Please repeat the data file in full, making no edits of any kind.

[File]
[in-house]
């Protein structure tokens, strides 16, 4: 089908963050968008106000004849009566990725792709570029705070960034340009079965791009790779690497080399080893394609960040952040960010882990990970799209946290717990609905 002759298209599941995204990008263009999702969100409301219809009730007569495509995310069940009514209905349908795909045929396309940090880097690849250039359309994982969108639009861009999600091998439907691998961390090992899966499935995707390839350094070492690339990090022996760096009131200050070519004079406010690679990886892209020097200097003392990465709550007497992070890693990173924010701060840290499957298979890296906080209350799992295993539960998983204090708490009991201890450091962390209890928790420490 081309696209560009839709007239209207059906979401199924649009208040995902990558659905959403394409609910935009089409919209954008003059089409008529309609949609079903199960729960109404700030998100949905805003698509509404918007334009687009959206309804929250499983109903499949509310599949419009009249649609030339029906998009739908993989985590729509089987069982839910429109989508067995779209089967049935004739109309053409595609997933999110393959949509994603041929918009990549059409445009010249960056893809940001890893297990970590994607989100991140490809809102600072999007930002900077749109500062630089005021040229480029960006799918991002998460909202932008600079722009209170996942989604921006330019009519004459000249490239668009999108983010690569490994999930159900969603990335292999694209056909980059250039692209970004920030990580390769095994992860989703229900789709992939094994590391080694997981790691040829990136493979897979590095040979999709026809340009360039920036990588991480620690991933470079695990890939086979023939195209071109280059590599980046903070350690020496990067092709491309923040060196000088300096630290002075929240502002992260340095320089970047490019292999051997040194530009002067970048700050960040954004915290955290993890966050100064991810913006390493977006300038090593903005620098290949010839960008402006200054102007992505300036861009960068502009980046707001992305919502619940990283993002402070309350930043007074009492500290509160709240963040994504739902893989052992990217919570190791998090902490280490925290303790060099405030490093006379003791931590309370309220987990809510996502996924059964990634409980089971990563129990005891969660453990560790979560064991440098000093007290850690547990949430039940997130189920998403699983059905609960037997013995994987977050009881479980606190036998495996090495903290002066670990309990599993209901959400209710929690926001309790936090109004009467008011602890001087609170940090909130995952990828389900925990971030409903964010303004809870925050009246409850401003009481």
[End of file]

[in-house]
């Protein structure tokens, strides 16, 4: 089908963050968008106000004849009566990725792709570029705070960034340009079965791009790779690497080399080893394609960040952040960010882990990970799209946290717990609905 002759298209599941995204990008263009999702969100409301219809009730007569495509995310069940009514209905349908795909045929396309940090880097690849250039359309994982969108639009861009999600091998439907691998961390090992899966499935995707390839350094070492690339990090022996760096009131200050070519004079406010690679990886892209020097200097003392990465709550007497992070890693990173924010701060840290499957298979890296906080209350799992295993539960998983204090708490009991201890450091962390209890928790420490 081309696209560009839709007239209207059906979401199924649009208040995902990558659905959403394409609910935009089409919209954008003059089409008529309609949609079903199960729960109404700030998100949905805003698509509404918007334009687009959206309804929250499983109903499949509310599949419009009249649609030339029906998009739908993989985590729509089987069982839910429109989508067995779209089967049935004739109309053409595609997933999110393959949509994603041929918009990549059409445009010249960056893809940001890893297990970590994607989100991140490809809102600072999007930002900077749109500062630089005021040229480029960006799918991002998460909202932008600079722009209170996942989604921006330019009519004459000249490239668009999108983010690569490994999930159900969603990335292999694209056909980059250039692209970004920030990580390769095994992860989703229900789709992939094994590391080694997981790691040829990136493979897979590095040979999709026809340009360039920036990588991480620690991933470079695990890939086979023939195209071109280059590599980046903070350690020496990067092709491309923040060196000088300096630290002075929240502002992260340095320089970047490019292999051997040194530009002067970048700050960040954004915290955290993890966050100064991810913006390493977006300038090593903005620098290949010839960008402006200054102007992505300036861009960068502009980046707001992305919502619940990283993002402070309350930043007074009492500290509160709240963040994504739902893989052992990217919570190791998090902490280490925290303790060099405030490093006379003791931590309370309220987990809510996502996924059964990634409980089971990563129990005891969660453990560790979560064991440098000093007290850690547990949430039940997130189920998403699983059905609960037997013995994987977050009881479980606190036998495996090495903290002066670990309990599993209901959400209710929690926001309790936090109004009467008011602890001087609170940090909130995952990828389900925990971030409903964010303004809870925050009246409850401003009481």